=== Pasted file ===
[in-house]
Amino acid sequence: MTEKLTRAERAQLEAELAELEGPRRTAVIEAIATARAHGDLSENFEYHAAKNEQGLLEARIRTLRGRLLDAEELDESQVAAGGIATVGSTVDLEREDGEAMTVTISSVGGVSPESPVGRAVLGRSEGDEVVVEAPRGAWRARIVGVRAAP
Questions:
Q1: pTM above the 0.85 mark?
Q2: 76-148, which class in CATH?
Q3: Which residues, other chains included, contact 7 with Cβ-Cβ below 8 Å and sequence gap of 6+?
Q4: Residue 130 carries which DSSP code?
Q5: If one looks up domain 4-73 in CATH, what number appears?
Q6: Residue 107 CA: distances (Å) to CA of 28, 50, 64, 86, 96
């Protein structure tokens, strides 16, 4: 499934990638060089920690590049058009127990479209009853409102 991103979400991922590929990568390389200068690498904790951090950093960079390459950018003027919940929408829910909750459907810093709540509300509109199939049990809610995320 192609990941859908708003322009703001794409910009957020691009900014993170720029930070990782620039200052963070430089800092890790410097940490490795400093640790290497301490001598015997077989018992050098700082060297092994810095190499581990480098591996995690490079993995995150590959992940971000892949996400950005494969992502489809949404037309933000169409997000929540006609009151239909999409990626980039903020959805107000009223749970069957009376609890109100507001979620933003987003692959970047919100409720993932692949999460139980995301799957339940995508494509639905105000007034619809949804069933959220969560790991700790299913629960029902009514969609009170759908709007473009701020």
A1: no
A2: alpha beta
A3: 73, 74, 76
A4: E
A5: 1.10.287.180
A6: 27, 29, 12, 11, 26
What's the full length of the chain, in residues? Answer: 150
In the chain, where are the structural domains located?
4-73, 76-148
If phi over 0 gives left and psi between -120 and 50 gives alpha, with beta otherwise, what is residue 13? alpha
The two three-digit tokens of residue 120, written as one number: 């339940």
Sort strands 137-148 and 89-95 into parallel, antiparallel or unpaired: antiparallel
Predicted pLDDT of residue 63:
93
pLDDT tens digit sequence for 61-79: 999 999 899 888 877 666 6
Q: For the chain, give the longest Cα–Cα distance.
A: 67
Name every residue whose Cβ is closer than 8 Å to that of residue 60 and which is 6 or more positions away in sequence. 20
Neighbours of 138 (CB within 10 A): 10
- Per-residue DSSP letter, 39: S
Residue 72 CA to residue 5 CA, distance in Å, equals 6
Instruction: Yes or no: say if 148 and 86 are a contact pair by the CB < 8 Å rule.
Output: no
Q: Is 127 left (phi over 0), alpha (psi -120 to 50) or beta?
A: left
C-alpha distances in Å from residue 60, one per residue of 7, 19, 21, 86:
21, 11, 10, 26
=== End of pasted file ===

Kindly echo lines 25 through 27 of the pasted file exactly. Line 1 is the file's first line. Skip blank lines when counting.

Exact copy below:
pLDDT tens digit sequence for 61-79: 999 999 899 888 877 666 6
Q: For the chain, give the longest Cα–Cα distance.
A: 67